In one embodiment, the processing unit is operable to transmit data packets at an optimal operating rate corresponding to an optimal set point, to detect data packet loss and to re-calculate the optimal operating rate in response thereto. In another embodiment the processing unit is operable to utilize dynamic set point probing in conjunction with the re-calculation of the optimal operating rate. In yet another embodiment, the processing unit is operable to probe a bottleneck buffer size in conjunction with the utilization of the dynamic set point probing. In a further embodiment, the processing unit is operable to monitor the key and the offset for each received acknowledgment signal to determine if the retransmitted prior data packet has been received.
One embodiment for using and/or distributing the present invention is as software stored to a storage medium. The software includes a plurality of computer instructions for controlling at least one processing unit for achieving and maintaining nodal data transmission rates in processing system networks in accordance with the principles of the present invention. The storage mediums utilized may include, but are not limited to, magnetic, optical, or semiconductor chip memory storage devices.
For a more complete understanding of the present invention, and the advantages thereof, reference is made to the following descriptions taken in conjunction with the accompanying drawings in which like numbers designate like parts, and in which:
FIG. 1 illustrates an isometric view of a personal computer which may function as a node within a processing system network in accordance with the principles of the present invention;
FIG. 2 illustrates a block diagram of a microprocessing system, including a single processing unit and a single memory storage device, which may be utilized in conjunction with the personal computer in FIG. 1;
FIG. 3A illustrates a block diagram of an integrated network;
FIG. 3B illustrates a more detailed block diagram of the local area network illustrated in FIG. 3A;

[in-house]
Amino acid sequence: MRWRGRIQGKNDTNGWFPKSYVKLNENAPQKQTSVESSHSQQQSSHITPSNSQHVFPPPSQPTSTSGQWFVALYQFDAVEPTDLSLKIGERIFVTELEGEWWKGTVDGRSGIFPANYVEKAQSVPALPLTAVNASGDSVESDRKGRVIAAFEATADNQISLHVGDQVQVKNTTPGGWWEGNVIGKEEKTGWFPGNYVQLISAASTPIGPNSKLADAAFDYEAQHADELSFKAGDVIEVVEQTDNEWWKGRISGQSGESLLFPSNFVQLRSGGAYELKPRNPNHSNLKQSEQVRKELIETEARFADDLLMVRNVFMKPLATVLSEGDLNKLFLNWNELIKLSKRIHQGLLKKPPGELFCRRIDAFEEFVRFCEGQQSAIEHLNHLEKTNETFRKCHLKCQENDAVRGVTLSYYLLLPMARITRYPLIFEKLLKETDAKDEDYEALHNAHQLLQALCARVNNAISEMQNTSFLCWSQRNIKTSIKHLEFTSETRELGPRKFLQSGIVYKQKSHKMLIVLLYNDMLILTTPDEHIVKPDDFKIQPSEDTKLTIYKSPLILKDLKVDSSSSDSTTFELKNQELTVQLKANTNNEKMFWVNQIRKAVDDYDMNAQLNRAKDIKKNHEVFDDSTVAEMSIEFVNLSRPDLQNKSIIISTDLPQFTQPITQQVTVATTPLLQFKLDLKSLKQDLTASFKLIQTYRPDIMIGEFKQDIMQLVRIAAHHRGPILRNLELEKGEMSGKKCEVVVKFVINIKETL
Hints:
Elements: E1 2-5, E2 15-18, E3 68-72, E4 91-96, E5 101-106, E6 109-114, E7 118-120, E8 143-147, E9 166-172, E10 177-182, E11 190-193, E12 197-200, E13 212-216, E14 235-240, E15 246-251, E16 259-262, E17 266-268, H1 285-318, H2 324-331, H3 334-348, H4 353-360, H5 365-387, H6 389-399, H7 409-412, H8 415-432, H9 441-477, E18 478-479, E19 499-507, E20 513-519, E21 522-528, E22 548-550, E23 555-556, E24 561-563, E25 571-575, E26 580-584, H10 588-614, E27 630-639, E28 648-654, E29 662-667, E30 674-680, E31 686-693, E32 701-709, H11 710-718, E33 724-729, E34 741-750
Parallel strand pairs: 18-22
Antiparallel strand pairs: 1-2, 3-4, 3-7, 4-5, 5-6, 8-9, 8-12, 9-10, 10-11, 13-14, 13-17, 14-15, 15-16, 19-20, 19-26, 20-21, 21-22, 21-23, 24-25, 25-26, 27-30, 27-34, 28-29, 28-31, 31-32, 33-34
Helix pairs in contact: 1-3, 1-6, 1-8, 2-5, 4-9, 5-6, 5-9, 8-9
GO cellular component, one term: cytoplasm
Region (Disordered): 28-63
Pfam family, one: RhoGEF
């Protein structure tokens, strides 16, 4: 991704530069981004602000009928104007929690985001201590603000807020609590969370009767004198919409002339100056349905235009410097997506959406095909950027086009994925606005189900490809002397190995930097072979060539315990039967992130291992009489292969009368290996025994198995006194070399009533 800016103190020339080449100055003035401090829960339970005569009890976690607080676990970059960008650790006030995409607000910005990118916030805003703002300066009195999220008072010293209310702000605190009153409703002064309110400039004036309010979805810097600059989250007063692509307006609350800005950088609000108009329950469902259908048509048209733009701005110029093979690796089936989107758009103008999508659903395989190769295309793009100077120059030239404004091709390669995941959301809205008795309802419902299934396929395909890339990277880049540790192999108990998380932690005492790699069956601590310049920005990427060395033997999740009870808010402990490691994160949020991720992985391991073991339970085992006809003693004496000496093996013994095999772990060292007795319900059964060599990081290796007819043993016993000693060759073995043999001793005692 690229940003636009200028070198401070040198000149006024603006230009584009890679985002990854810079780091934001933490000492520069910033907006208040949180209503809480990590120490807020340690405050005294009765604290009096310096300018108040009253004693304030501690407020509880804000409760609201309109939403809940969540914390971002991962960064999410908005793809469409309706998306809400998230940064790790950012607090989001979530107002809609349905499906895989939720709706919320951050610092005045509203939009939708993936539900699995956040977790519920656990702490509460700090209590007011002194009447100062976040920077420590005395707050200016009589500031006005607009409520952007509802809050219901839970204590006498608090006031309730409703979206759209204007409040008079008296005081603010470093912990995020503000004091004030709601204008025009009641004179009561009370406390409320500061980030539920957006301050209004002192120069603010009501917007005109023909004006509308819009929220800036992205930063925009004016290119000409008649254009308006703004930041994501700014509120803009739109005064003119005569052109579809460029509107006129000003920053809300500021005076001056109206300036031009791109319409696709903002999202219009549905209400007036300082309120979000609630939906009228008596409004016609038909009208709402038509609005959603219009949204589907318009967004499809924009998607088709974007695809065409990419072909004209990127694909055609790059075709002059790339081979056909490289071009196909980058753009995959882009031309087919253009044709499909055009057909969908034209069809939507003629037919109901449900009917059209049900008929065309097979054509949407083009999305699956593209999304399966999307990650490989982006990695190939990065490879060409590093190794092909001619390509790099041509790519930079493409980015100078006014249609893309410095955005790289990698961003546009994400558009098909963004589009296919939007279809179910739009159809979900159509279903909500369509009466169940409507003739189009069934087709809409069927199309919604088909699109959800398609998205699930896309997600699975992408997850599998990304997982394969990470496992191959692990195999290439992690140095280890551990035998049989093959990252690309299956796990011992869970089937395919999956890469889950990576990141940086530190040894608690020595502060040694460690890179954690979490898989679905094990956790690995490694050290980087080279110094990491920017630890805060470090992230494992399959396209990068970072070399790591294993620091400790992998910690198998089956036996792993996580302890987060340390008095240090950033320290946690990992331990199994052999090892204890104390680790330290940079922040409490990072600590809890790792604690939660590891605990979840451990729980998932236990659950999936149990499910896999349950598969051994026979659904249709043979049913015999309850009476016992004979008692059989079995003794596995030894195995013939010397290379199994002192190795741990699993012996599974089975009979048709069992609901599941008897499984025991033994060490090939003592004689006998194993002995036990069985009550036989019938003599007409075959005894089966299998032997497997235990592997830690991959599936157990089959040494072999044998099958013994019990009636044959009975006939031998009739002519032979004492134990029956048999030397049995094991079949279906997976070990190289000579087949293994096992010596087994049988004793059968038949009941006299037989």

FIG. 4 illustrates a flow diagram for achieving and maintaining data transmission rates from a node over a processing system network in accordance with the principles of the present invention;
FIG. 5 illustrates a more detailed flow diagram in accordance with the illustrated embodiment of FIG. 4 for performing data packet transmission initialization; and
FIG. 6 illustrates a more detailed flow diagram in accordance with the illustrated embodiment of FIG. 4 for determining data packet loss and performing intelligent data packet retransmission.
FIG. 1 illustrates an isometric view of a personal computer ("PC") 100 which may function as a node within a processing system network illustrated in FIGS. 3A and 3B. PC 100 is comprised of a hardware casing 101 (illustrated as having a cut-away view), a monitor 104, a keyboard 105 and optionally a mouse 108. Note that the monitor 104, and the keyboard 105 and mouse 108 may be replaced by any suitably arranged output and input devices, respectively. Hardware casing 101 includes both a floppy disk drive 102 and a hard disk drive 103. Floppy disk drive 102 is operable to receive, read and write to external disks, while hard disk drive 103 is operable to provide fast access data storage and retrieval. Although only floppy disk drive 102 is illustrated, PC 100 may be equipped with any suitably arranged structure for receiving and transmitting data, including, for example, tape and compact disc drives, and serial and parallel data ports. Within the cut away portion of hardware casing 101 is a processing unit, central processing unit ("CPU") 106, coupled with a memory storage device, which in the illustrated embodiment is a random access memory ("RAM") 107. Although PC 100 is shown having a single CPU 106, PC 100 may be equipped with a plurality CPUs 106 operable to cooperatively carry out the principles of the present invention. Also, although PC 100 is shown having a single local memory storage device 107, PC 100 may be equipped with a plurality of local memory storage devices. Further, although PC 100 is being utilized for illustrating one implementation of a node within a processing system network, the invention may alternately be implemented within any processing system having at least one processing unit, including, for example, sophisticated calculators and hand held, mini, main frame and super computers, including RISC and parallel processing architectures, as well as within processing system network combinations of the foregoing.